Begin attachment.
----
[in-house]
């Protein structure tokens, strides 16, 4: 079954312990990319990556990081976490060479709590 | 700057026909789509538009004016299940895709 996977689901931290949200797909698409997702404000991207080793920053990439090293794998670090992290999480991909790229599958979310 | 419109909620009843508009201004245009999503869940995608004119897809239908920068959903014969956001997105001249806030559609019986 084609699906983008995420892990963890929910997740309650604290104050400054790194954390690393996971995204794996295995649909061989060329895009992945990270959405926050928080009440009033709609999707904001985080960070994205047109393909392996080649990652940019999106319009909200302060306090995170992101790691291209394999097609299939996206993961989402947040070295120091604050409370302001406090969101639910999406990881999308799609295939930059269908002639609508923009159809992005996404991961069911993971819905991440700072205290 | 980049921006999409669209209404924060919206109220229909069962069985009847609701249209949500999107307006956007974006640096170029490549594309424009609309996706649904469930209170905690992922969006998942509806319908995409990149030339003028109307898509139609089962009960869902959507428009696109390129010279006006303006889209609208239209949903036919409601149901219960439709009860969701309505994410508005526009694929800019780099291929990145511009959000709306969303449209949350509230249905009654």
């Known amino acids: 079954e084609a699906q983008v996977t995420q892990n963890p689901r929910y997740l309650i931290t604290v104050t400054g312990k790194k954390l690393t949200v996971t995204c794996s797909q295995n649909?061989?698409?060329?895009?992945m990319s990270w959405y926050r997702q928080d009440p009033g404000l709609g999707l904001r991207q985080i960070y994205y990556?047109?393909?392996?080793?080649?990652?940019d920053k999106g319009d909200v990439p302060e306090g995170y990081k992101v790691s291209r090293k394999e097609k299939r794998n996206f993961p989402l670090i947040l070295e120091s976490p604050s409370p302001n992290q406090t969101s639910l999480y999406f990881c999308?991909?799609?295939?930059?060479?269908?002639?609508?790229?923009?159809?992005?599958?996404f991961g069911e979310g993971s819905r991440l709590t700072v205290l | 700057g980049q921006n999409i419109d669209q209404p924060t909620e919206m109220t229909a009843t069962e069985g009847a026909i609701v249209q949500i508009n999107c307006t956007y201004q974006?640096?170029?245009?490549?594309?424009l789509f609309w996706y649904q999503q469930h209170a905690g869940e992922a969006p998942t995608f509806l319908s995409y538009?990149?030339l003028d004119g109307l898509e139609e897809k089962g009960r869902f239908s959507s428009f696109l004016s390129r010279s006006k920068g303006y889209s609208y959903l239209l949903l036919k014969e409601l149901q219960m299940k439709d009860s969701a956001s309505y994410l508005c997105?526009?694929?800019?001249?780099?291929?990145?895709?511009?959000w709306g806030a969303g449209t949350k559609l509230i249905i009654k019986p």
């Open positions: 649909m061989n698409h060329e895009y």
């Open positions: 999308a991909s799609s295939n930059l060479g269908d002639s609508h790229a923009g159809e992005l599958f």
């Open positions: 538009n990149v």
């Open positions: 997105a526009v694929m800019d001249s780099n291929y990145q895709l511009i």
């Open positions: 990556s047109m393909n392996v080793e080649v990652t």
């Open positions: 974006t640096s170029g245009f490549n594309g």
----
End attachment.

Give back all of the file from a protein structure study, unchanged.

[in-house]
């Protein structure tokens, strides 16, 4: 079954312990990319990556990081976490060479709590 | 700057026909789509538009004016299940895709 996977689901931290949200797909698409997702404000991207080793920053990439090293794998670090992290999480991909790229599958979310 | 419109909620009843508009201004245009999503869940995608004119897809239908920068959903014969956001997105001249806030559609019986 084609699906983008995420892990963890929910997740309650604290104050400054790194954390690393996971995204794996295995649909061989060329895009992945990270959405926050928080009440009033709609999707904001985080960070994205047109393909392996080649990652940019999106319009909200302060306090995170992101790691291209394999097609299939996206993961989402947040070295120091604050409370302001406090969101639910999406990881999308799609295939930059269908002639609508923009159809992005996404991961069911993971819905991440700072205290 | 980049921006999409669209209404924060919206109220229909069962069985009847609701249209949500999107307006956007974006640096170029490549594309424009609309996706649904469930209170905690992922969006998942509806319908995409990149030339003028109307898509139609089962009960869902959507428009696109390129010279006006303006889209609208239209949903036919409601149901219960439709009860969701309505994410508005526009694929800019780099291929990145511009959000709306969303449209949350509230249905009654």
């Known amino acids: 079954e084609a699906q983008v996977t995420q892990n963890p689901r929910y997740l309650i931290t604290v104050t400054g312990k790194k954390l690393t949200v996971t995204c794996s797909q295995n649909?061989?698409?060329?895009?992945m990319s990270w959405y926050r997702q928080d009440p009033g404000l709609g999707l904001r991207q985080i960070y994205y990556?047109?393909?392996?080793?080649?990652?940019d920053k999106g319009d909200v990439p302060e306090g995170y990081k992101v790691s291209r090293k394999e097609k299939r794998n996206f993961p989402l670090i947040l070295e120091s976490p604050s409370p302001n992290q406090t969101s639910l999480y999406f990881c999308?991909?799609?295939?930059?060479?269908?002639?609508?790229?923009?159809?992005?599958?996404f991961g069911e979310g993971s819905r991440l709590t700072v205290l | 700057g980049q921006n999409i419109d669209q209404p924060t909620e919206m109220t229909a009843t069962e069985g009847a026909i609701v249209q949500i508009n999107c307006t956007y201004q974006?640096?170029?245009?490549?594309?424009l789509f609309w996706y649904q999503q469930h209170a905690g869940e992922a969006p998942t995608f509806l319908s995409y538009?990149?030339l003028d004119g109307l898509e139609e897809k089962g009960r869902f239908s959507s428009f696109l004016s390129r010279s006006k920068g303006y889209s609208y959903l239209l949903l036919k014969e409601l149901q219960m299940k439709d009860s969701a956001s309505y994410l508005c997105?526009?694929?800019?001249?780099?291929?990145?895709?511009?959000w709306g806030a969303g449209t949350k559609l509230i249905i009654k019986p």
């Open positions: 649909m061989n698409h060329e895009y």
């Open positions: 999308a991909s799609s295939n930059l060479g269908d002639s609508h790229a923009g159809e992005l599958f």
């Open positions: 538009n990149v």
């Open positions: 997105a526009v694929m800019d001249s780099n291929y990145q895709l511009i």
């Open positions: 990556s047109m393909n392996v080793e080649v990652t």
């Open positions: 974006t640096s170029g245009f490549n594309g």